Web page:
Press Release Article


Date: May 16, 2001
Press Release Number: 74-2001

Most riders on the PATH rapid transit system have never heard of Ira Ross. Yet, if it wasn’t for the job Mr. Ross has done behind the scenes for the past 34 years, these 260,000 weekday PATH commuters probably would not experience the reliable trip they do today.
Ross’s job is to make sure PATH’s signal system – the lifeblood of the rapid transit system – remains in a state of good repair. That’s no easy chore considering that PATH has hundreds of signals throughout its system that control train movements. If the signals are not maintained properly, the trains will grind to a halt.

PATH Director/General Manager Michael P. DePallo said, “Ira is representative of our many unsung heroes whose efforts, although invisible to the public, allow us to operate a safe, efficient transit system. His creative thinking and knowledge of the system help him keep our signal system in great shape.”

The entire PATH signal system is being replaced and modernized, a $250 million project that is one of the improvements to be funded by the new toll and fare structure that took effect on March 25. For now, it is up to Mr. Ross to see that the existing system keeps PATH trains running smoothly.

Maintaining the signal system is no easy chore considering that the majority of the system is more than 30 years old, while some components have been around for up to 90 years.

“I don’t think most people have any idea about the function of railroad signals,” said Mr. Ross, who is in charge of PATH’s signal shop where PATH employees rebuild and tests signal equipment. “The only time most people know about signals and what we do is when there are problems.”

Mr. Ross, a resident of Queens Village, N.Y., began his PATH career in 1967, shortly after serving for three years in the U.S. Army. At the time, he was looking for a job and didn’t know much about PATH.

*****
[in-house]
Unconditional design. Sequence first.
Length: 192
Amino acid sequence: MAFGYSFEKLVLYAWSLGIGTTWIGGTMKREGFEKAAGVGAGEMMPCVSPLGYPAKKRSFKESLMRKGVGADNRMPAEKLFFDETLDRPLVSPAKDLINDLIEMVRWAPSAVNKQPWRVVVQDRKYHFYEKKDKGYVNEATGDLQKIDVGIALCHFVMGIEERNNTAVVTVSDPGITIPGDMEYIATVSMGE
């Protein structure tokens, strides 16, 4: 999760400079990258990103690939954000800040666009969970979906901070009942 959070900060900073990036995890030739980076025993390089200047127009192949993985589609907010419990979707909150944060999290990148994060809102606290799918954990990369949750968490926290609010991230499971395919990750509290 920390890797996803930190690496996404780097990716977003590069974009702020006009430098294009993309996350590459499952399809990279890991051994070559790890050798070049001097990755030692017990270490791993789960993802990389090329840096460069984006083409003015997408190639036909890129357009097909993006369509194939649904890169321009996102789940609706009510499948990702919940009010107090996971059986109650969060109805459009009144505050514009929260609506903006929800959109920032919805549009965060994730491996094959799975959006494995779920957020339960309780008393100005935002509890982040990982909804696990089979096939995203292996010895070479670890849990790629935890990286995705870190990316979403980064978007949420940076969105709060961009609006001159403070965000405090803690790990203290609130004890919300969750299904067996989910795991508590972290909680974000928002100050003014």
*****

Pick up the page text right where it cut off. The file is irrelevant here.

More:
Mr. Ross’s first job was as a “signal helper,” in which he worked the midnight shift rebuilding, cleaning, painting and installing signal equipment, and changing light bulbs in the signals. The following year, Mr. Ross was promoted to Signal Repairman I, in which he inspected and repaired signals and performed monthly tests on the system.

In 1978, he was promoted to Signal Foreman I and put in charge of a crew of signal repairmen who responded to reports of malfunctioning equipment. He also handled other responsibilities, such as payroll, safety and work reports, and the procurement of equipment for the repairmen.

In 1994, Mr. Ross was elevated to his current job as supervisor of PATH’s signal shop in Jersey City, N.J., supervising a staff of five repairmen.

In his spare time, Mr. Ross enjoys photography. He has photographed many special occasions on PATH over the past 10 years, including retirements of coworkers.

The Port Authority plans to replace its signal system in the next six or seven years, but Mr. Ross, 55, probably won’t be around to see it. He plans to retire after another year.

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